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One thing the city won’t be short on is music. Super Bowl weekend kicks off with a gospel concert on Feb. 1 at the UNO Lakefront Arena with performances by Fantasia, Donnie McClurkin, Marvin Winans and Bishop Paul S. Morton of New Orleans. Dozens of local acts will be performing throughout the weekend on stages along the Mississippi River and in the French Quarter. On game day, Beyonce will be the halftime performer.

Other local attractions include steamboat cruises — many with live jazz — on the Mississippi, the recently expanded World War II Museum, the Audubon Zoo, the Aquarium of the Americas and the New Orleans Museum of Art by City Park.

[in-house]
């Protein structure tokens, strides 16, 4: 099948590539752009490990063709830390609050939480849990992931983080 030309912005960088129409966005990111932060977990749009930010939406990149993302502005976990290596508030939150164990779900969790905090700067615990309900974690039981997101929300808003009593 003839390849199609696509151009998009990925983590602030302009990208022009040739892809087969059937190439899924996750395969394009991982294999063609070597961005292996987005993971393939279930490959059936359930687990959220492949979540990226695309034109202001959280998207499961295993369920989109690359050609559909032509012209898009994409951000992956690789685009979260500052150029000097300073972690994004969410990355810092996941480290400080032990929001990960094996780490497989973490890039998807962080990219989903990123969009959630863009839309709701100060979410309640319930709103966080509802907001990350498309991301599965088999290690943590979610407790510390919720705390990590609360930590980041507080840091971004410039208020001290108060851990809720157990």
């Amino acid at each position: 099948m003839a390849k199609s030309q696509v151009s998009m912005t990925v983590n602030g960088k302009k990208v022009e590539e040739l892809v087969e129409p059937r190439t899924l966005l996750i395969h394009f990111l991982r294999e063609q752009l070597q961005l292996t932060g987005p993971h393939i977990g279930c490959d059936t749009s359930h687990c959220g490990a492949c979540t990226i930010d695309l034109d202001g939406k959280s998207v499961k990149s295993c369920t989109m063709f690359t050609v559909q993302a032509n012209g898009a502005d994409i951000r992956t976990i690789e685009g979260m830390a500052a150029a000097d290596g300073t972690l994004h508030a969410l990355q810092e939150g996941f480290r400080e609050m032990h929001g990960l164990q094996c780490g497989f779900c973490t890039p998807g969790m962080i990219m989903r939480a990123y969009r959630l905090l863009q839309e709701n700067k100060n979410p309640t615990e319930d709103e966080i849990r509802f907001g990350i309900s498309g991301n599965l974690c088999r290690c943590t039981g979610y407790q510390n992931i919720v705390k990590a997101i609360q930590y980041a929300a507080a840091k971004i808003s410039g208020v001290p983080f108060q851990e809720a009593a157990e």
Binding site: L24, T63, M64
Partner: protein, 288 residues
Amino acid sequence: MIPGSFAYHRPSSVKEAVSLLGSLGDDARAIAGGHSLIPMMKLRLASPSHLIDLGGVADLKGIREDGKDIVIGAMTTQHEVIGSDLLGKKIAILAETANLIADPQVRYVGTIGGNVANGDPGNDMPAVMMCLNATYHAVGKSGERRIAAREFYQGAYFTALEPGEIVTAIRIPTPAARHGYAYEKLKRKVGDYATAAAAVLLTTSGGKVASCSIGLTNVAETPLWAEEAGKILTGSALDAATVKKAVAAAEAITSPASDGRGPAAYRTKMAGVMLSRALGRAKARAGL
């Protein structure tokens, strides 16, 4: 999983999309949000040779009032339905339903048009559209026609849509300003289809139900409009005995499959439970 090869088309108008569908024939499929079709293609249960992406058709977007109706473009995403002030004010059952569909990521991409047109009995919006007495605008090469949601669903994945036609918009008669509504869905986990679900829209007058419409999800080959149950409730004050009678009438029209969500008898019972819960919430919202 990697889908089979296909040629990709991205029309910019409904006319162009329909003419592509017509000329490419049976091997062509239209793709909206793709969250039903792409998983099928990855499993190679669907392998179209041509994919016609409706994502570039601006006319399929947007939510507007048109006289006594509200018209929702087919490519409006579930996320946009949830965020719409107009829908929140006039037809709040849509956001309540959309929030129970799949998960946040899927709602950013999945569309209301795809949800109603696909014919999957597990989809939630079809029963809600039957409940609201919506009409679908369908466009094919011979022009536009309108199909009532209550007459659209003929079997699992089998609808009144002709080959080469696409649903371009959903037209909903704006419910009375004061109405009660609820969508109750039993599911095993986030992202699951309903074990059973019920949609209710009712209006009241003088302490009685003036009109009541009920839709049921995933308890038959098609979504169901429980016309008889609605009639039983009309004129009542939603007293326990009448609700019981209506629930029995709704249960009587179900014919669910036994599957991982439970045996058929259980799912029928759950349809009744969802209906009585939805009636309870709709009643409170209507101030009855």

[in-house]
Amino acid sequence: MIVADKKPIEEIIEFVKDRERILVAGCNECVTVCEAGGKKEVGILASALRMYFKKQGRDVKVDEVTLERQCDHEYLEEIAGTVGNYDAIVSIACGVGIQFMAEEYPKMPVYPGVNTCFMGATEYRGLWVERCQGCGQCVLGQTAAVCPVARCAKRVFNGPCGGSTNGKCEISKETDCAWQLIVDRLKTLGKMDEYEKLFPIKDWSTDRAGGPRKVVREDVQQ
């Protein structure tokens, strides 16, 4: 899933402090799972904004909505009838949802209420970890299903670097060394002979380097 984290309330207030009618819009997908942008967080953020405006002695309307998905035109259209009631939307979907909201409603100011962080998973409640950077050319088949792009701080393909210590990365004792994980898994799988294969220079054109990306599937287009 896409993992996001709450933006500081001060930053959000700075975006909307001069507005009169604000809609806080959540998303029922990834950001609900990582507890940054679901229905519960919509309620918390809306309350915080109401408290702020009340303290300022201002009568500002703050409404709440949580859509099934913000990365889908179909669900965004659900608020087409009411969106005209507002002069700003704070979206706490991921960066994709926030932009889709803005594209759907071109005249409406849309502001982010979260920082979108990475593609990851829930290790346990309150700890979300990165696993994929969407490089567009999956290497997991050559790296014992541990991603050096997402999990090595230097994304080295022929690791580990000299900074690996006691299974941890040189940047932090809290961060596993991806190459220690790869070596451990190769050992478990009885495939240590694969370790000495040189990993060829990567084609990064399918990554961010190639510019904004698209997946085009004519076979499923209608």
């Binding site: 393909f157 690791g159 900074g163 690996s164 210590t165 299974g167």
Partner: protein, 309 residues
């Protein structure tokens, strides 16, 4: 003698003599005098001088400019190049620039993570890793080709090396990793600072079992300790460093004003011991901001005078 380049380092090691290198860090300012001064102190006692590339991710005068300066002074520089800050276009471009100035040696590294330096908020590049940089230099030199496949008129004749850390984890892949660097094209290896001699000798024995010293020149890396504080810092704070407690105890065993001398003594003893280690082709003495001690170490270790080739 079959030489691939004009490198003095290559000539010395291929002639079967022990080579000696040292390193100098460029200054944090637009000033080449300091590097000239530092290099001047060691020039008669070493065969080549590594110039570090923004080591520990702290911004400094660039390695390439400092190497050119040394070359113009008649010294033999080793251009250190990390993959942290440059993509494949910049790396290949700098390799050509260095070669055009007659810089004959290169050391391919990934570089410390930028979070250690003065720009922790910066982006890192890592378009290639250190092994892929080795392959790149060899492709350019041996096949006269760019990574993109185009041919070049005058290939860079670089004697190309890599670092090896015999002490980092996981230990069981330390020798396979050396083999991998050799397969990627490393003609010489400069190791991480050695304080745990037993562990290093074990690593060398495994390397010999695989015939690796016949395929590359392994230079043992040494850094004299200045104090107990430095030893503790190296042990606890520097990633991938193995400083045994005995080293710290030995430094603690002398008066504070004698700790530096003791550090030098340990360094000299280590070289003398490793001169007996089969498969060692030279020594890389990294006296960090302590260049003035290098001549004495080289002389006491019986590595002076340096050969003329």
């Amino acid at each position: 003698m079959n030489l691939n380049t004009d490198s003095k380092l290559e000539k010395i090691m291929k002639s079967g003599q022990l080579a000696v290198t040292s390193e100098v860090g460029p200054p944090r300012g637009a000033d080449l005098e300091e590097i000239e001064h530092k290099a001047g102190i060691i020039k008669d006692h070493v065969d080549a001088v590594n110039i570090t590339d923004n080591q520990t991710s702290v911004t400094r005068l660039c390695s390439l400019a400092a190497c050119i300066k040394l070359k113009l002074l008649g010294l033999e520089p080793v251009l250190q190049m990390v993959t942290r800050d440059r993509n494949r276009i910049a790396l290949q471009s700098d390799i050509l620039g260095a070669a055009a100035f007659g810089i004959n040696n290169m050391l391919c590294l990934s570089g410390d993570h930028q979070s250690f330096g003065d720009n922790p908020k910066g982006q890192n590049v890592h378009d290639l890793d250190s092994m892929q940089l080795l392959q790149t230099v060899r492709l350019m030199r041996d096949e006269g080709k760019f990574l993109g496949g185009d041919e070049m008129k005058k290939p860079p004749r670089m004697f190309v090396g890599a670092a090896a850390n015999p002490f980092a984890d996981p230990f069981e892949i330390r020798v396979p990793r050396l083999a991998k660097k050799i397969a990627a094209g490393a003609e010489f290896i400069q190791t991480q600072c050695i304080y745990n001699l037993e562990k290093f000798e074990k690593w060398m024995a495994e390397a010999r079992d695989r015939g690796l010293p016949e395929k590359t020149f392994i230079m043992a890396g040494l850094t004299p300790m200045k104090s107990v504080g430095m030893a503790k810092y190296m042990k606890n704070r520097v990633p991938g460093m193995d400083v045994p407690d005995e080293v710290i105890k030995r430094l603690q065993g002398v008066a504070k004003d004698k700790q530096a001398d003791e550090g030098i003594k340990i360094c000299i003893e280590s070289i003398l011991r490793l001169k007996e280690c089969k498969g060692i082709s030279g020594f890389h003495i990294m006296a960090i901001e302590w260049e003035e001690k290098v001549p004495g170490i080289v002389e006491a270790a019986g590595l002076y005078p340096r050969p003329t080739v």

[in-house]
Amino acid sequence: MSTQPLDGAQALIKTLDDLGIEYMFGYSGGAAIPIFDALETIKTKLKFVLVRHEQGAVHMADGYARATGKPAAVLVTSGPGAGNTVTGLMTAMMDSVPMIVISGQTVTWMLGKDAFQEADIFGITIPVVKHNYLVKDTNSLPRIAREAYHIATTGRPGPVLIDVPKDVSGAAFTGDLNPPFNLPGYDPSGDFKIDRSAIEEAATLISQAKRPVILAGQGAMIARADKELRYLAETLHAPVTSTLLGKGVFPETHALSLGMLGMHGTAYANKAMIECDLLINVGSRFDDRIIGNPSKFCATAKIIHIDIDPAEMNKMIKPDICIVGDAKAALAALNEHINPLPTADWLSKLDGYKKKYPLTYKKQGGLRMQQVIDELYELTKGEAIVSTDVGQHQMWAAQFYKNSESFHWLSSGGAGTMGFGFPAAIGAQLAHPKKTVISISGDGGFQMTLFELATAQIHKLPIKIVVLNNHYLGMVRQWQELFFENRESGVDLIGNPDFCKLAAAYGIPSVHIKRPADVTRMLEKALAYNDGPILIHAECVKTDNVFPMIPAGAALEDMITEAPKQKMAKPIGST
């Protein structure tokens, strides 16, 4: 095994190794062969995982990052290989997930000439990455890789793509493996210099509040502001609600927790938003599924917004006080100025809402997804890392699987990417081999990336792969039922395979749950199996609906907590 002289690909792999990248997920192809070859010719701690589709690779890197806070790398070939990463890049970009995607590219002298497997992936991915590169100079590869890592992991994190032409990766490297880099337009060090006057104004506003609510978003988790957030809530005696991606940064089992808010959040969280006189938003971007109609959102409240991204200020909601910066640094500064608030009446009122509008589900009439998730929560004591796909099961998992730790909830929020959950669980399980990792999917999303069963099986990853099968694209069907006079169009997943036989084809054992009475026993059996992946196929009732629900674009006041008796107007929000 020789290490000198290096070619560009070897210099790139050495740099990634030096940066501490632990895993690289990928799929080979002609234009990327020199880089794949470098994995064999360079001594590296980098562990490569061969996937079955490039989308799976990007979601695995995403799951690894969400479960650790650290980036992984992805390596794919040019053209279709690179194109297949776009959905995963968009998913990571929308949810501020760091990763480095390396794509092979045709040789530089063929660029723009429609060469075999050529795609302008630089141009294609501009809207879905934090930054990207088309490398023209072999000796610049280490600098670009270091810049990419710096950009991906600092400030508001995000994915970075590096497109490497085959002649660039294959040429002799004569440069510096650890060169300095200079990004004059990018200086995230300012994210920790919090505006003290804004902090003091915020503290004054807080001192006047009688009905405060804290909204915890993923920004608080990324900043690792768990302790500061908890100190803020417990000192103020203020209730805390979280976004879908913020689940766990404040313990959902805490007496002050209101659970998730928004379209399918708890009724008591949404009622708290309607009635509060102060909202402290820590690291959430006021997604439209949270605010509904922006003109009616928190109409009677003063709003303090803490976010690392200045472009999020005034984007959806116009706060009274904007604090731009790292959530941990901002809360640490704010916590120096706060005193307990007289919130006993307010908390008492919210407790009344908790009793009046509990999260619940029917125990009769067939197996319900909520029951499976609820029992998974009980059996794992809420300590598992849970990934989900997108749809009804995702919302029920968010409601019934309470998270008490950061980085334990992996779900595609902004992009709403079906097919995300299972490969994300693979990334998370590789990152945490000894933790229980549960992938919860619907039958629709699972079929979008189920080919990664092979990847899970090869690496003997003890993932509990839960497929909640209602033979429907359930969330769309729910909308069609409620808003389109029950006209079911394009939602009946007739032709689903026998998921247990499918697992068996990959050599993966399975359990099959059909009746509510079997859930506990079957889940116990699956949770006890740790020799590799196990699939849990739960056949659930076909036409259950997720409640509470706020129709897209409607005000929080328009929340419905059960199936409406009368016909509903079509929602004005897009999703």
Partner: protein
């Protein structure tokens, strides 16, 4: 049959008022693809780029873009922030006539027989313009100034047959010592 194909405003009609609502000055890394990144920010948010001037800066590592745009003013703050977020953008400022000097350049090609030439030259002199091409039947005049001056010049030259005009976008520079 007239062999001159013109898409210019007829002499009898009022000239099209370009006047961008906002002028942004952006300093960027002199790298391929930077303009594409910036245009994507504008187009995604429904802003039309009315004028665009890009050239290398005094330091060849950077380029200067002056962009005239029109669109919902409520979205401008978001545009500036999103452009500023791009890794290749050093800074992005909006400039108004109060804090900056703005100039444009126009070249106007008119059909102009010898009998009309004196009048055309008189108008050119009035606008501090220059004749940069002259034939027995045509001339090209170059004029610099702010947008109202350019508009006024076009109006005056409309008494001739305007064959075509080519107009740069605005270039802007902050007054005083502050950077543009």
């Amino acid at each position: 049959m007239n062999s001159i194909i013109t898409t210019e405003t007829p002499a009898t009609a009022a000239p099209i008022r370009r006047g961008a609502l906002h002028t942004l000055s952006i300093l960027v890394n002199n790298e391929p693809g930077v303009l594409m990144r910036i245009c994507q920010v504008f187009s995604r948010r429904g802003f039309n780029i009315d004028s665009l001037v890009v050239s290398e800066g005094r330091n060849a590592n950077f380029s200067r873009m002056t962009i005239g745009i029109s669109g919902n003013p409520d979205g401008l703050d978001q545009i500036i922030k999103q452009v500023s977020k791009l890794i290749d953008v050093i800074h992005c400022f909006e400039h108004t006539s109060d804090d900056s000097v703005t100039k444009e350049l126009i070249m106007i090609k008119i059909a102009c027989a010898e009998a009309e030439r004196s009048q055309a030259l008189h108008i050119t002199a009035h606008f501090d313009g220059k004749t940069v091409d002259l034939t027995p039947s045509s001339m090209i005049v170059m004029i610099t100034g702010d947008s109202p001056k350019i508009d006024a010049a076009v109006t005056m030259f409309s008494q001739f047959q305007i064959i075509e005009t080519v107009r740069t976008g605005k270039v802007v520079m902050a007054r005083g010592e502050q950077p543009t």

Foodies can indulge in charbroiled oysters, seafood gumbo, fried softshell crab po-boys and shrimp and grits. The city has 52 more restaurants than it did in 2002 — the last time New Orleans hosted a Super Bowl. Newer restaurants include Susan Spicer’s Mondo and Donald Link’s Cochon. Chef John Besh, who owned two restaurants before Hurricane Katrina, now owns eight — including Luke, Domenica and Borgne.

But with the two major events bringing thousands of people into town, reservations are going fast at old favorites such as Commander’s Palace, Galatoire’s and Brennan’s.